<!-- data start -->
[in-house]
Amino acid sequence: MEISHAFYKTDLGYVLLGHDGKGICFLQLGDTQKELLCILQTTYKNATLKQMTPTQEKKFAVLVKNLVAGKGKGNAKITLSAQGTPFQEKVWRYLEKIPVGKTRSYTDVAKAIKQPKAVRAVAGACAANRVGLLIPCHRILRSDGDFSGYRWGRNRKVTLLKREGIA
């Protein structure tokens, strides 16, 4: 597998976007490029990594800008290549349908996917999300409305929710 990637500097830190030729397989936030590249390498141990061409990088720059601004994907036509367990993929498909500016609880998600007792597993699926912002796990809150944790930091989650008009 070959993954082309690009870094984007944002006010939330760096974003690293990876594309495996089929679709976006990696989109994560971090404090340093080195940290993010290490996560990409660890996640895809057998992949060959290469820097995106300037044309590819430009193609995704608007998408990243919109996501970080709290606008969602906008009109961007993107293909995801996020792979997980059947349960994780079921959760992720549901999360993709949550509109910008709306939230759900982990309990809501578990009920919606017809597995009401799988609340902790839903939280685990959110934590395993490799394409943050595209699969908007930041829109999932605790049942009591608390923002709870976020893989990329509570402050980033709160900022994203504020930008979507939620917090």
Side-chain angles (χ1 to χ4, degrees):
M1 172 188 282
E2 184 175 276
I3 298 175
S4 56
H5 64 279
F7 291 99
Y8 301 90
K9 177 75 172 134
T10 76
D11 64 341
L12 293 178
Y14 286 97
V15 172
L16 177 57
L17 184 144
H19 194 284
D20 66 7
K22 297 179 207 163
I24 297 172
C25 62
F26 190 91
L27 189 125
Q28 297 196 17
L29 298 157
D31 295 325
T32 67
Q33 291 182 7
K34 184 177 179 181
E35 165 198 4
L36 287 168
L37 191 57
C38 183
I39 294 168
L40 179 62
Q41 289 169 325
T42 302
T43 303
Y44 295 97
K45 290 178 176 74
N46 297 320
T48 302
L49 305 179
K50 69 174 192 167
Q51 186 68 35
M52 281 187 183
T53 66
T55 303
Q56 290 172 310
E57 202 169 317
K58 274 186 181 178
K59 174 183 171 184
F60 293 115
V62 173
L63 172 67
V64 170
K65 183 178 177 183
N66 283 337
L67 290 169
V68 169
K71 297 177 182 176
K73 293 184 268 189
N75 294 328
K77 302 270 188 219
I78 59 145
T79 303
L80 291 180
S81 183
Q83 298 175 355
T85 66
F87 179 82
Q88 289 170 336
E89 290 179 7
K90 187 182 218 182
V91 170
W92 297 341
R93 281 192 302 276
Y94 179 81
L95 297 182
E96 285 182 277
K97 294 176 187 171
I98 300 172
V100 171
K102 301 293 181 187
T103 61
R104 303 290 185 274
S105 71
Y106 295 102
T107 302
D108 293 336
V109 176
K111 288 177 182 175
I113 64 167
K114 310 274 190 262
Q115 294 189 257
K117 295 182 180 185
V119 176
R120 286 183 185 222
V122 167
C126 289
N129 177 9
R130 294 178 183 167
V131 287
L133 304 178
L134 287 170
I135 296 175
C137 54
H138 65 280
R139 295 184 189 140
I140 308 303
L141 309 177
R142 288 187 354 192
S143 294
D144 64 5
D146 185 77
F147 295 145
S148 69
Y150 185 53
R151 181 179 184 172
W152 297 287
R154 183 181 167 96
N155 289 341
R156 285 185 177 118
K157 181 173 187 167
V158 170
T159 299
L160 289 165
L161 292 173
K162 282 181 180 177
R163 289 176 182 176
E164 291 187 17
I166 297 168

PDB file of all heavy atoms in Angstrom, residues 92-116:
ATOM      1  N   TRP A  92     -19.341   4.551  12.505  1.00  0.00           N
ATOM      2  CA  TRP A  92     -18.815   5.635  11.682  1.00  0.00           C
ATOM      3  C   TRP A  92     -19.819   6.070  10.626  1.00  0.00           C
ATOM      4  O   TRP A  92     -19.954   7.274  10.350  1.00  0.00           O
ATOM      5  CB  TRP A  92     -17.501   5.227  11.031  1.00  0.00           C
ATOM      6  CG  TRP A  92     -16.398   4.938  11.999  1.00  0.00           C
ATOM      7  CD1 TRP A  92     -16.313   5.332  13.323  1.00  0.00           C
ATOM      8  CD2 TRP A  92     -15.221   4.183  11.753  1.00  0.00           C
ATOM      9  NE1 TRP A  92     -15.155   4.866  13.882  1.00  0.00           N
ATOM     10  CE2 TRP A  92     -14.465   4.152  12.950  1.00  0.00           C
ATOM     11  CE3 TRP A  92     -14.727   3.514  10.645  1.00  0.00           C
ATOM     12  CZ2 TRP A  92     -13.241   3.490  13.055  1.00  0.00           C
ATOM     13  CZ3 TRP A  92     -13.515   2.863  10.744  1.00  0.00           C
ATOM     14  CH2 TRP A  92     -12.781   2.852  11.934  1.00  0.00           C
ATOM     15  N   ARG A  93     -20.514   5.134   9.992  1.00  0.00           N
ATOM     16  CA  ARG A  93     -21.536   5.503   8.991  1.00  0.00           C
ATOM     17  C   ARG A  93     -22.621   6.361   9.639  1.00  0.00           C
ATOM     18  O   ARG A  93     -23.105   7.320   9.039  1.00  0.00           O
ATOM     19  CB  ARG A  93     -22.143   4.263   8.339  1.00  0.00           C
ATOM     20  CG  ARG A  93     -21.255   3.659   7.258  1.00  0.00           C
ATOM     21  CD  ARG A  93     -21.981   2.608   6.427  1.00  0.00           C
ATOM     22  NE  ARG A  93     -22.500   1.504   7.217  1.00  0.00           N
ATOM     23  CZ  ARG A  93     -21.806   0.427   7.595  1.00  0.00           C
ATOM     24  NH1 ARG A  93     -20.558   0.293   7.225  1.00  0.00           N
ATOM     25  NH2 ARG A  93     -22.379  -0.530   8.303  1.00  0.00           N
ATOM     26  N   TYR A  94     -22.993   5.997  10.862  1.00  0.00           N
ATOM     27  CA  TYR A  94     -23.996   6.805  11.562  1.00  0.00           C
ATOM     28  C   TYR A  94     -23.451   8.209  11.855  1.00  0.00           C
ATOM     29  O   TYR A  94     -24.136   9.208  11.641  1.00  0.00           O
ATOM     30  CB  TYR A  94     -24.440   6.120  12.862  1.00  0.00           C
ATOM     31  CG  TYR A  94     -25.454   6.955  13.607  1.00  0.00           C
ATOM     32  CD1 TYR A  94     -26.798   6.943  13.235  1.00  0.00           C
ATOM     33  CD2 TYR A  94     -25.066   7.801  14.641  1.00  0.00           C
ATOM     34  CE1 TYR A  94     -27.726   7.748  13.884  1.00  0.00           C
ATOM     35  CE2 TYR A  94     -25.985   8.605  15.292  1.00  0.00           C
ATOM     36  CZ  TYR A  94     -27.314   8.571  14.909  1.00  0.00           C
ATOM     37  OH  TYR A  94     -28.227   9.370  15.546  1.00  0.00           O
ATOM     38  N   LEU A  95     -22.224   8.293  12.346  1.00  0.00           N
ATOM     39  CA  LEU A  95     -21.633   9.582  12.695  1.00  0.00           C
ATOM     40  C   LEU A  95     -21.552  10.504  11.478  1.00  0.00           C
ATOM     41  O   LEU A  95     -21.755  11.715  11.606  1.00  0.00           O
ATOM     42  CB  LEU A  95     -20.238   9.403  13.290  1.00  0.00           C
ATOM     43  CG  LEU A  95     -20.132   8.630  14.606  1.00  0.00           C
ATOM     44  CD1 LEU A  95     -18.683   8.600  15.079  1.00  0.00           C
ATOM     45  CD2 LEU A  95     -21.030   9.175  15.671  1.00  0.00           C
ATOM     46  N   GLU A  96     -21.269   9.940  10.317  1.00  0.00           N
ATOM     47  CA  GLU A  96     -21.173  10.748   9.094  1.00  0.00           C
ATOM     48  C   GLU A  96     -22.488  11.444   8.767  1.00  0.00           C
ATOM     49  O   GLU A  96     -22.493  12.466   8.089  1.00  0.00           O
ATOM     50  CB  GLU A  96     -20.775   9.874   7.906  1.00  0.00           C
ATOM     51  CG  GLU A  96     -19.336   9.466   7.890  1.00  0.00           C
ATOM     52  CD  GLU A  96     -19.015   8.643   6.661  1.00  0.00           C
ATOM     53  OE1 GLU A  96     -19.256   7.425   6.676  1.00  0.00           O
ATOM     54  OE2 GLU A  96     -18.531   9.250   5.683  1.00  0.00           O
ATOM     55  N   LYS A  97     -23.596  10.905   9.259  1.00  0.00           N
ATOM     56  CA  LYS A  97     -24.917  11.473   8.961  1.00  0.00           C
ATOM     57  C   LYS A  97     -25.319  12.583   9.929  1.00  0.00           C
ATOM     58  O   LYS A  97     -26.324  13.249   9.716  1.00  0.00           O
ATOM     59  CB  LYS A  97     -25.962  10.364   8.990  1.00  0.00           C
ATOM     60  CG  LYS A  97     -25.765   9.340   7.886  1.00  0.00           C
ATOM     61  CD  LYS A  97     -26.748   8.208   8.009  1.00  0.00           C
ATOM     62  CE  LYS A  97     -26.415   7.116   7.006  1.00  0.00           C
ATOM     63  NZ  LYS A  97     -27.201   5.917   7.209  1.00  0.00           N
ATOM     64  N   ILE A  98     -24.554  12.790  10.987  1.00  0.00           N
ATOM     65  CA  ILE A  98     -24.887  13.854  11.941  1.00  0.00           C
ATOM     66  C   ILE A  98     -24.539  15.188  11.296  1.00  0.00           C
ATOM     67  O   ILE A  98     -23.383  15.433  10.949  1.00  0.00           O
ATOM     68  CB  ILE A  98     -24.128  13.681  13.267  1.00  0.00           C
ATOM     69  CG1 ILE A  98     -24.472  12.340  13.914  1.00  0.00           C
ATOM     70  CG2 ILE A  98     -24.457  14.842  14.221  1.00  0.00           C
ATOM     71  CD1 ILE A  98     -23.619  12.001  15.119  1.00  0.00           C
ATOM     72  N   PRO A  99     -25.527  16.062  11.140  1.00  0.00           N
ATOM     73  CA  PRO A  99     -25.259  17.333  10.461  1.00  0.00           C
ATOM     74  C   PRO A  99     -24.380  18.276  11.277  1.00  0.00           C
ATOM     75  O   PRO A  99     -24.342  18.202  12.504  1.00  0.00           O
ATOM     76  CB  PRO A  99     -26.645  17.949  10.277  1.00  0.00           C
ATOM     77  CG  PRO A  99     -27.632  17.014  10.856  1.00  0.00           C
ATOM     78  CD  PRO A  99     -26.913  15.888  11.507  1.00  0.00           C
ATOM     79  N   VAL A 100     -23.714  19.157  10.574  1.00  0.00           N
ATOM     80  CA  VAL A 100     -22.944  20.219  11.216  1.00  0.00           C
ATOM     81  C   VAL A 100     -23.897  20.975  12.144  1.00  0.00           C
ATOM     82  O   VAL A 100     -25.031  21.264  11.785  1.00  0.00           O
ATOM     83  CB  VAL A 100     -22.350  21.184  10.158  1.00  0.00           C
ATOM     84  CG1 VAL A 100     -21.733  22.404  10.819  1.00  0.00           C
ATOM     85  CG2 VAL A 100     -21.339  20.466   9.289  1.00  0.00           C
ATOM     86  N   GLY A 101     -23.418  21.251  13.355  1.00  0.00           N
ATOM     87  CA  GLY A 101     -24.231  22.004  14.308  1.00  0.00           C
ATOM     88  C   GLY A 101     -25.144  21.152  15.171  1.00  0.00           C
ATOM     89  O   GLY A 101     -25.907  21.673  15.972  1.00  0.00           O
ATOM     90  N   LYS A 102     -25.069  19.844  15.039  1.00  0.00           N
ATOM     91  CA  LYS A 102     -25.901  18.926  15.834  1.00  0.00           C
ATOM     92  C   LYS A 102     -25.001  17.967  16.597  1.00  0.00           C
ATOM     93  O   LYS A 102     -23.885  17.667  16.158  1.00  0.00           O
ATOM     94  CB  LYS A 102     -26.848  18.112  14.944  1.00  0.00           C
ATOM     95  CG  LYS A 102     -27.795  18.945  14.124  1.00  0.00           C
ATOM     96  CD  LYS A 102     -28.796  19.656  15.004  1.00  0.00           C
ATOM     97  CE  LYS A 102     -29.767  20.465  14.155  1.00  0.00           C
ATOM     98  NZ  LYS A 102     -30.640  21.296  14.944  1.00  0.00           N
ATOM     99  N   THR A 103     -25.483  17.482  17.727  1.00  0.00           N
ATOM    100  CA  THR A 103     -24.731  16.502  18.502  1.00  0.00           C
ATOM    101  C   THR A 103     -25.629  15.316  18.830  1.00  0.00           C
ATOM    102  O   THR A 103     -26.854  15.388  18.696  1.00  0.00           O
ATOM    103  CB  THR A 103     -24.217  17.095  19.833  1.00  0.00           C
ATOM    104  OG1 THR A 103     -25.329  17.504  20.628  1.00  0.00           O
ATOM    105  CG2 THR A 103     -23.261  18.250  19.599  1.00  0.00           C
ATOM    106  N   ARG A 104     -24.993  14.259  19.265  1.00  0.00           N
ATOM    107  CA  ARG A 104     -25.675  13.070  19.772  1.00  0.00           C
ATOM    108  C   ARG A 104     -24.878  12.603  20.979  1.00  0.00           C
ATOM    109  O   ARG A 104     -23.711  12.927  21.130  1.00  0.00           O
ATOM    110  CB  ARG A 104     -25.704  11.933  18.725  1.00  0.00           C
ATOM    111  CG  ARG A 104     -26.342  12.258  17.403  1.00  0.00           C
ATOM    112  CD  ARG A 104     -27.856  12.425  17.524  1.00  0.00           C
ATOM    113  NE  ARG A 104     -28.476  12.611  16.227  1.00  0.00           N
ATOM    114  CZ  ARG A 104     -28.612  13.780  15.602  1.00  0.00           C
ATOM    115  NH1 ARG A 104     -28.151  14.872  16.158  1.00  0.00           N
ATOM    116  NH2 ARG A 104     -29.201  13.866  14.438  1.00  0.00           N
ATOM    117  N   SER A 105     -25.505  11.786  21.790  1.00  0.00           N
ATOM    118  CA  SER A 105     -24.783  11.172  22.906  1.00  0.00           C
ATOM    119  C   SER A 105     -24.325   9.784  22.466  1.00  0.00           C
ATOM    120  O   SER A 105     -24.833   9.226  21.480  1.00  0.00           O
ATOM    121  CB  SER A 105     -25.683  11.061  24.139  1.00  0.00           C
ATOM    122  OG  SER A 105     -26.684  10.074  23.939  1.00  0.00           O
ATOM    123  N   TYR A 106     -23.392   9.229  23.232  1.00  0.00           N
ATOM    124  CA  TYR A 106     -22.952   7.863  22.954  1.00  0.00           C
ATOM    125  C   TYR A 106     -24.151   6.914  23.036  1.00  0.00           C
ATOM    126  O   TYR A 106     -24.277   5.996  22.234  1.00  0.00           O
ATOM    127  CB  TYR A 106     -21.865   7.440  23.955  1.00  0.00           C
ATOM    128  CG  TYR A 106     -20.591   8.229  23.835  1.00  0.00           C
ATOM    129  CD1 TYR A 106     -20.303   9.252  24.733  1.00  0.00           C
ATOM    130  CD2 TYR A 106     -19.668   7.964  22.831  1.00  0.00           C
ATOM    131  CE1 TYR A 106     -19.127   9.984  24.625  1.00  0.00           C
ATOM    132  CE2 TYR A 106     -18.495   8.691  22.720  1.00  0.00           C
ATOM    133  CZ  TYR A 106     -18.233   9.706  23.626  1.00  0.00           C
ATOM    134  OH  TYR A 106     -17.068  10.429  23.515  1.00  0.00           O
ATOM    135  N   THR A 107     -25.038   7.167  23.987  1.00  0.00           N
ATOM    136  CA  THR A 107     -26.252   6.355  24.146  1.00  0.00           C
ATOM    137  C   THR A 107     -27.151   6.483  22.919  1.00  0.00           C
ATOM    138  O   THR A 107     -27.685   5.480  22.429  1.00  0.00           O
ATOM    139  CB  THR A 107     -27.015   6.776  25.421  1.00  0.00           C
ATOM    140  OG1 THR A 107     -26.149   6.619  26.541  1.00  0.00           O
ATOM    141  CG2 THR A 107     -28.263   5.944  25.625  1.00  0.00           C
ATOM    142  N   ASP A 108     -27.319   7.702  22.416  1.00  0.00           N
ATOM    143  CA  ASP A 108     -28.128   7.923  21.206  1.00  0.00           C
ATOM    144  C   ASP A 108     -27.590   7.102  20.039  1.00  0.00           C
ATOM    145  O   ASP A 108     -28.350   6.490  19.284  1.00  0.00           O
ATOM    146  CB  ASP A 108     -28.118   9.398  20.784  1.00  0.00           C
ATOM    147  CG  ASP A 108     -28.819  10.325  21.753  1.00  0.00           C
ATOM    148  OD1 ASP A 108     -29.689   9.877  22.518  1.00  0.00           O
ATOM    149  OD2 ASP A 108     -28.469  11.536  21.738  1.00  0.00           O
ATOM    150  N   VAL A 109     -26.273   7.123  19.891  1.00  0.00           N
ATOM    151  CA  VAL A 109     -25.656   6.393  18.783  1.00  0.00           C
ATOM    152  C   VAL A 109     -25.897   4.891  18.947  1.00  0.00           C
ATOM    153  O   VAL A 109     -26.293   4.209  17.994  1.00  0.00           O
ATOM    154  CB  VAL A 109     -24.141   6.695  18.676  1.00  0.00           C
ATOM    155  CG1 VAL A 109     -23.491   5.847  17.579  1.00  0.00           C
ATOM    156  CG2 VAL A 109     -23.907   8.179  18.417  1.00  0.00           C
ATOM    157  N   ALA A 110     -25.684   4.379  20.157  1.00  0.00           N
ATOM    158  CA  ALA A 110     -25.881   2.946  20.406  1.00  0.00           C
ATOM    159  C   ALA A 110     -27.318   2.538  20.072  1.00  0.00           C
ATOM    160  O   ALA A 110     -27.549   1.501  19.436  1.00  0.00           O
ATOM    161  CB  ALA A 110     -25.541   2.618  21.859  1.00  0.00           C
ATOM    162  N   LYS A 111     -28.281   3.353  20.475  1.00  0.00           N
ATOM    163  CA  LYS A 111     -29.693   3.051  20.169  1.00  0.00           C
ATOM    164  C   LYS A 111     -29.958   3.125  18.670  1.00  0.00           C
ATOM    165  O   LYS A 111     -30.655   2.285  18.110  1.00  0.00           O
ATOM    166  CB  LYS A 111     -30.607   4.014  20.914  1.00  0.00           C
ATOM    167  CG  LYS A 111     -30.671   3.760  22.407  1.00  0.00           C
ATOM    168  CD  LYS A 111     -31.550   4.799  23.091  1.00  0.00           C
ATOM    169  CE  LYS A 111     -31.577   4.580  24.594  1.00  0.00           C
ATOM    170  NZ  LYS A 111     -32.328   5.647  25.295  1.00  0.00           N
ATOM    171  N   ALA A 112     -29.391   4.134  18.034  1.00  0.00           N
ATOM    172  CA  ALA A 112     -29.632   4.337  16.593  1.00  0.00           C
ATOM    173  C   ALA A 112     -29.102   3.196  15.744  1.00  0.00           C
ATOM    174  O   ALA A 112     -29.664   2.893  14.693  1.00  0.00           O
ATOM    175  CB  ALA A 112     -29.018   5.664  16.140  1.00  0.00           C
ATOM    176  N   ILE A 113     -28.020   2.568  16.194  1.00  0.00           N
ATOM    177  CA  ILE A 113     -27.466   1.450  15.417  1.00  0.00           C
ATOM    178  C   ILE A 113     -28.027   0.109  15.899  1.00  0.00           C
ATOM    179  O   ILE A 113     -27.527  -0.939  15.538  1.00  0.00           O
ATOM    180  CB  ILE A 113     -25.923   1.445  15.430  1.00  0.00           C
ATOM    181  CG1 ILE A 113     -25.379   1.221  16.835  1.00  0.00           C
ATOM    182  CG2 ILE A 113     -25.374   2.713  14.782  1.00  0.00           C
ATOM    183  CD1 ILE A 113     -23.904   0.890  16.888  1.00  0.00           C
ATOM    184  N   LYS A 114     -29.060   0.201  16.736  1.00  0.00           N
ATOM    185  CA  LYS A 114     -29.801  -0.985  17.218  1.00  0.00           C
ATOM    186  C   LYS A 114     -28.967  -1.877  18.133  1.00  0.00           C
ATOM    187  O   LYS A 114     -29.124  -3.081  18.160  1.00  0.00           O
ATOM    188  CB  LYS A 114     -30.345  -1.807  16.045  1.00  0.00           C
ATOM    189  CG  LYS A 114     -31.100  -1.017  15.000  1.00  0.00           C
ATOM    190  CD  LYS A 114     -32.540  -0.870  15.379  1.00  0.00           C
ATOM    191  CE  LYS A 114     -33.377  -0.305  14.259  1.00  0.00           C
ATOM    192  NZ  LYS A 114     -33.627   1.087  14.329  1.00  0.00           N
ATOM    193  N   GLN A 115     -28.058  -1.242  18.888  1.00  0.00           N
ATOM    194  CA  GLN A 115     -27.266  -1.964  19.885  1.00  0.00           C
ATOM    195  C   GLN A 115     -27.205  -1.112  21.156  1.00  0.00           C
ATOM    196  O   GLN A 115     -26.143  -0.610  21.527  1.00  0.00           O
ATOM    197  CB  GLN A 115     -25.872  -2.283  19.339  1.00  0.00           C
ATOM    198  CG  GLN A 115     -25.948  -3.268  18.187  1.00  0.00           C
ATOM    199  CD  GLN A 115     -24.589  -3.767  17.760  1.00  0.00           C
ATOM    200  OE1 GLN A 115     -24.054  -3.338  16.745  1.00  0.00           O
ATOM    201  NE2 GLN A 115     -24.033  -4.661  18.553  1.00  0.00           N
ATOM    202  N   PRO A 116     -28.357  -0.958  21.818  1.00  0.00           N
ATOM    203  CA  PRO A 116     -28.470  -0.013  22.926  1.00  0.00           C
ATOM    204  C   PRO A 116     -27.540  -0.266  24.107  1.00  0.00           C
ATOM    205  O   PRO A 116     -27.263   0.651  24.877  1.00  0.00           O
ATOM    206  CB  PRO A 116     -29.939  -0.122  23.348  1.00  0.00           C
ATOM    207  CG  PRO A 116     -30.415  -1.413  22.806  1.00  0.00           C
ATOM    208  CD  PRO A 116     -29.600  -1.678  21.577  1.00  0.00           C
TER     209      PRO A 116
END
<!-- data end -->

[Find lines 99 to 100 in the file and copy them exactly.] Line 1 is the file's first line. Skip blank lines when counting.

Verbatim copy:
K117 295 182 180 185
V119 176